The "Supersize Me" era of home building may be coming to an end after a three-decade run.

The size of the average new home swelled by about 50 percent from 1973 to 2006, but this trend toward expansion will probably be ending in the next decade, according to an elite panel of 135 builders, architects and designers surveyed by the National Association of Home Builders recently.

In a report released this month, these residential-construction experts said the downsizing tendencies of aging baby boomers, soaring home prices in much of the country and a fundamental change in consumer tastes will dampen future demand for ever-larger homes.

"People kept getting more and more and more space but felt dissatisfied because the space was not filling a void," said Sarah Susanka, co-author of "The Not So Big House."

"The moreness they were looking for had nothing to do with size" but rather with the craving for more intimate spaces they could use in more practical ways.

For decades, Americans have believed that bigger is better. The average size of a new single-family home in the first three months of 2006 was 2,459 square feet, up from 1,660 in 1973.

The size grew even as the average family size shrank, said Gopal Ahluwalia, staff vice president for research at the builders association. "So it's not as if people were buying bigger homes for functional use of space. It was about lifestyle. They were buying for the same reasons people buy expensive cars: because they could afford it."

But going forward, a new single-family home will most likely average 2,300 to 2,500 square feet in 2015, as it has since 2001, the survey found. Instead of focusing on space, homeowners will turn their attention to what makes that space special.

"People are not necessarily looking for square footage but for a home with a higher level of finish and detail," said Barry Glantz, an architect in St. Louis. "They want granite countertops, Sub-Zero refrigerators, Viking ranges, ceiling treatments, floor treatments. They want all the bells and whistles."

Glantz, who spoke about this topic at the International Builders' Show this month, calls these small but souped-up homes "jewel boxes." He noticed an unusually high number of them while judging the show's Best in American Living competition, in which the "Home of the Year" was a mere 1,200 square feet. These small homes, Glantz said, emerged as "one of the most significant trends" of the competition, which attracted 550 entries.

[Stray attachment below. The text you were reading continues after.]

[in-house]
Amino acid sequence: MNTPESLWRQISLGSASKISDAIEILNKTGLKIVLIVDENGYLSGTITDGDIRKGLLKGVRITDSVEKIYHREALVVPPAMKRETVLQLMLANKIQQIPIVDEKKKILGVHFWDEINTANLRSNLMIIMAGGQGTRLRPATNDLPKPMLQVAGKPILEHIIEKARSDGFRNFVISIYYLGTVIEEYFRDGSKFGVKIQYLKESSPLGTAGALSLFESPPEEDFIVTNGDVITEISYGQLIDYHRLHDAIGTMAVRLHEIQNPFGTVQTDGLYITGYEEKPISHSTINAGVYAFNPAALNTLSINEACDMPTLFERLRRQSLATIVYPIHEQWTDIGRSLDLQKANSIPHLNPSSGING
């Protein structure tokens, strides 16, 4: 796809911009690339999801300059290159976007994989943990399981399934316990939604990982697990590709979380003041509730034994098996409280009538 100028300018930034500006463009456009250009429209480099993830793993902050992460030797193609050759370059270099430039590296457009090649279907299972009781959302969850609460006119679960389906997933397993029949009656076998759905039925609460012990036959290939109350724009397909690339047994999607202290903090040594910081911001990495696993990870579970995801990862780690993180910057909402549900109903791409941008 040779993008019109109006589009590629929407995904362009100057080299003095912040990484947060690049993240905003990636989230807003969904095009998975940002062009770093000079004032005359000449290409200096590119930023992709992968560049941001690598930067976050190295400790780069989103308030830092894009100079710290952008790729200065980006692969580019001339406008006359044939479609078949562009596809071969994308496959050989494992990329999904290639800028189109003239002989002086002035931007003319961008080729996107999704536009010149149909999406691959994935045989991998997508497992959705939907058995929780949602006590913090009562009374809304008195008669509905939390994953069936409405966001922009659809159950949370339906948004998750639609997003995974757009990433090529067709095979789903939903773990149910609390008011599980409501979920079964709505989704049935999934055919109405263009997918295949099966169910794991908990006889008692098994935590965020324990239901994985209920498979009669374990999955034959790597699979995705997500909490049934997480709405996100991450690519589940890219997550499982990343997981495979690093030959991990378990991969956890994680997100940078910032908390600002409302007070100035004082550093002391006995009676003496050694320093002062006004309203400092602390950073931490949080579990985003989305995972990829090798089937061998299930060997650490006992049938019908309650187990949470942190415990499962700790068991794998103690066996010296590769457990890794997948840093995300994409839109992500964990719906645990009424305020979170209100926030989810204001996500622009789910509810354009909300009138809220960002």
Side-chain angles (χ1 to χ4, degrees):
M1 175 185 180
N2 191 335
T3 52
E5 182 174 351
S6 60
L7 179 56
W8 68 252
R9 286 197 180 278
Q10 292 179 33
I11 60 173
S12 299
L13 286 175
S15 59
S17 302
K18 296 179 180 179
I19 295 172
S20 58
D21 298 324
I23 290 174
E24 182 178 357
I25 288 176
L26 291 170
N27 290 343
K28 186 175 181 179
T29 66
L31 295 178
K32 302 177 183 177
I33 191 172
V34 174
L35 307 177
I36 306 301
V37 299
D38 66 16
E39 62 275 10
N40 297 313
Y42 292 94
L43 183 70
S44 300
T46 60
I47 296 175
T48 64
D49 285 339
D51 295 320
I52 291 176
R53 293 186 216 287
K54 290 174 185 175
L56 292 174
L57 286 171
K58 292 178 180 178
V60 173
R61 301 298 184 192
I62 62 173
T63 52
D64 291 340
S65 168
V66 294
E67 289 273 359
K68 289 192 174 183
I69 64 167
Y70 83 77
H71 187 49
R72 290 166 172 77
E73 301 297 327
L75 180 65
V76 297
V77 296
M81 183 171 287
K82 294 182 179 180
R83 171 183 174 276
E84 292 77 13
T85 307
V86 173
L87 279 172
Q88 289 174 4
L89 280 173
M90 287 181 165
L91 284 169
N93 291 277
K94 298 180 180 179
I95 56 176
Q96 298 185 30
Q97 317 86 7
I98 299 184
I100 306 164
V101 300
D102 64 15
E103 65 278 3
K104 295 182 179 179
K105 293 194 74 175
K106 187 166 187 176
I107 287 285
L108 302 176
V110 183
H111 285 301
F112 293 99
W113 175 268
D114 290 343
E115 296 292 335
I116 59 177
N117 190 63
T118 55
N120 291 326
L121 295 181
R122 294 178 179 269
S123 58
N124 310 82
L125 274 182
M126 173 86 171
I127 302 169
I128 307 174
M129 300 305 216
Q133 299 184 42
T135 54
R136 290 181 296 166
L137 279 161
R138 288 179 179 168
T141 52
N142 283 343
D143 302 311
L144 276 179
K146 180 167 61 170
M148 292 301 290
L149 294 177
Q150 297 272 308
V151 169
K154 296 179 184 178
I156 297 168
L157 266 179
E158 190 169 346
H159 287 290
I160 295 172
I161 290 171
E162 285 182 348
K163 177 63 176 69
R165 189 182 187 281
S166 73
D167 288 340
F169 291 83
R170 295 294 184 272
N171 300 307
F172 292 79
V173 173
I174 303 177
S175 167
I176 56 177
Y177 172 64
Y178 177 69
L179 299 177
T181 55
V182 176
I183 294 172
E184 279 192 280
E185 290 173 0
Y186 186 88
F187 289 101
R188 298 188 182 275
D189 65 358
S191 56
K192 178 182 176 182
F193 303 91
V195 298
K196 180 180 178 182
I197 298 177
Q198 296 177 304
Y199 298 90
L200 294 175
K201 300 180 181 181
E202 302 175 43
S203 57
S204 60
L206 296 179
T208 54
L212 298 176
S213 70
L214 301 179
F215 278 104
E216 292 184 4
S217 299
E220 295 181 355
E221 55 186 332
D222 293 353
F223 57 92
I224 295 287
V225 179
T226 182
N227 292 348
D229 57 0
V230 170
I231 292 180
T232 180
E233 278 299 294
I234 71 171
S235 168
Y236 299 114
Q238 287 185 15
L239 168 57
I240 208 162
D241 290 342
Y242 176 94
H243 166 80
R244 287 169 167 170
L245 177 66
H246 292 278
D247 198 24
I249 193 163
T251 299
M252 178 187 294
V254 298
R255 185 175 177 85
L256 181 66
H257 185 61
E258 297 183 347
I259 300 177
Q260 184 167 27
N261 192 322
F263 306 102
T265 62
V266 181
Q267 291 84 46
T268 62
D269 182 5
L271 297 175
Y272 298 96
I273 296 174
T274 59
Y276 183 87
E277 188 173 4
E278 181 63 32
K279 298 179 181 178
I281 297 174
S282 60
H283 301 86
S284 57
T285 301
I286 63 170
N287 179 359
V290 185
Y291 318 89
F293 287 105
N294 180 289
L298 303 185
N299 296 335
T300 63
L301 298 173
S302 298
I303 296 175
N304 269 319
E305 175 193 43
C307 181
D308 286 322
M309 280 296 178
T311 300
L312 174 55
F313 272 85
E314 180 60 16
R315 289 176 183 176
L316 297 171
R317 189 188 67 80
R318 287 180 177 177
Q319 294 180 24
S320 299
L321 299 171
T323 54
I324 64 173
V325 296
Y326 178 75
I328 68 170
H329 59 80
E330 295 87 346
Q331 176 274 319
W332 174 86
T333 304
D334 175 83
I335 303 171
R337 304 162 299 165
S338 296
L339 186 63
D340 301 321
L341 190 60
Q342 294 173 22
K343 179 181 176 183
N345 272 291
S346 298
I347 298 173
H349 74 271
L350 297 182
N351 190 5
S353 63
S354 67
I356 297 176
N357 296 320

Richard Mandell, a Bethesda-based builder who specializes in in-fill homes, said he's seeing the same trend play out in the Washington region, where some of his clients have become more willing to trade house space for more yard space and many are asking for homes of a less imposing scale. It may be pressure from the neighbors, said Mandell, an owner of Sandy Spring Builders. "But I think it's really more about aesthetic preference."

Not everyone agrees that there is a trend or, if there is, that it's here to stay. Among them is Kira McCarron, chief marketing officer for Toll Brothers, one of the nation's largest home builders and a company with many projects in the Washington area.

McCarron said that during her 21-year tenure with the company, she's heard similar predictions about shrinking home sizes, particularly when consumers get spooked by rising energy costs. But these forecasts have not panned out in the past, she said.

"I don't believe the fundamental dream of bigger, better, more is going to end anytime soon," McCarron said. "I think people do like nesting spaces, but I think they like them in their 4,000-square-foot houses. They like the idea of reading areas, where they can curl up in the morning and read the newspaper. But they want one for him, for her, for the kids."

Some of the survey results appear to support that idea. For instance, while most of those polled said home size will not grow, 62 percent of them said that demand for two master bedroom suites will increase significantly by 2015.

Frederick Cooper, a senior vice president at Toll Brothers, said the bottom line is: "If you go to someone and say: 'Do you want more space or less space,' they would say more."

Cynthia Baker, a homeowner in Northwest Washington, lives the large-home/small-home debate in her own life.

Baker had more space in mind when her third child arrived. She and her husband, Jon Zeitler, decided to move out of their starter home and into one that's more than 3,000 square feet, with four floors, a big eat-in kitchen plus dining room, four bedrooms, two offices and an au pair basement suite.

But when her husband left his job in April, the family decided to travel through Europe and India, where they stayed in hotels and apartments, cramped into small rooms and living out of duffel bags. When the family returned home four months later, the house looked really big to them.

"It was sort of a revelatory moment," Baker said. "Life really does fill into the spaces we allow it."

They realized that they didn't need all that much space and that larger rooms draw more clutter. More time is spent cleaning extra rooms, such as the den, which Baker originally saw as the family gathering spot. But now that the television is in the basement, the den has become obsolete, she said.

Still, they probably won't move anytime soon.

"We can't necessarily afford a smaller house now," Baker said. "Isn't that the irony?"